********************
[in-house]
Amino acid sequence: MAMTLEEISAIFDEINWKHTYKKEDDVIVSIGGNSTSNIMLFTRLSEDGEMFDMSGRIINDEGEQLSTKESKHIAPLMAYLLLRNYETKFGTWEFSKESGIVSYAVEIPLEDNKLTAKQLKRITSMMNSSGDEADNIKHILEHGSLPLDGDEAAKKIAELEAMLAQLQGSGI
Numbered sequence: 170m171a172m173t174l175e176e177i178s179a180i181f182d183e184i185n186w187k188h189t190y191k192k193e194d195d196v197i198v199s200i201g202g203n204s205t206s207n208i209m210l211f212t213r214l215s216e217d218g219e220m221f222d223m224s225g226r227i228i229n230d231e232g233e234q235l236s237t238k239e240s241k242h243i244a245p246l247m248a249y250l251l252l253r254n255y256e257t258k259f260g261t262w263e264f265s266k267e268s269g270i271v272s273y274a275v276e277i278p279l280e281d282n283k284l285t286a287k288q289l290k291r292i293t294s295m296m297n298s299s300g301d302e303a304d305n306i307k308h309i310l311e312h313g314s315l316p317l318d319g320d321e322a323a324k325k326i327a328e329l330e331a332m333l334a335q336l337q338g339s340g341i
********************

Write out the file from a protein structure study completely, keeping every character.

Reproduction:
[in-house]
Amino acid sequence: MAMTLEEISAIFDEINWKHTYKKEDDVIVSIGGNSTSNIMLFTRLSEDGEMFDMSGRIINDEGEQLSTKESKHIAPLMAYLLLRNYETKFGTWEFSKESGIVSYAVEIPLEDNKLTAKQLKRITSMMNSSGDEADNIKHILEHGSLPLDGDEAAKKIAELEAMLAQLQGSGI
Numbered sequence: 170m171a172m173t174l175e176e177i178s179a180i181f182d183e184i185n186w187k188h189t190y191k192k193e194d195d196v197i198v199s200i201g202g203n204s205t206s207n208i209m210l211f212t213r214l215s216e217d218g219e220m221f222d223m224s225g226r227i228i229n230d231e232g233e234q235l236s237t238k239e240s241k242h243i244a245p246l247m248a249y250l251l252l253r254n255y256e257t258k259f260g261t262w263e264f265s266k267e268s269g270i271v272s273y274a275v276e277i278p279l280e281d282n283k284l285t286a287k288q289l290k291r292i293t294s295m296m297n298s299s300g301d302e303a304d305n306i307k308h309i310l311e312h313g314s315l316p317l318d319g320d321e322a323a324k325k326i327a328e329l330e331a332m333l334a335q336l337q338g339s340g341i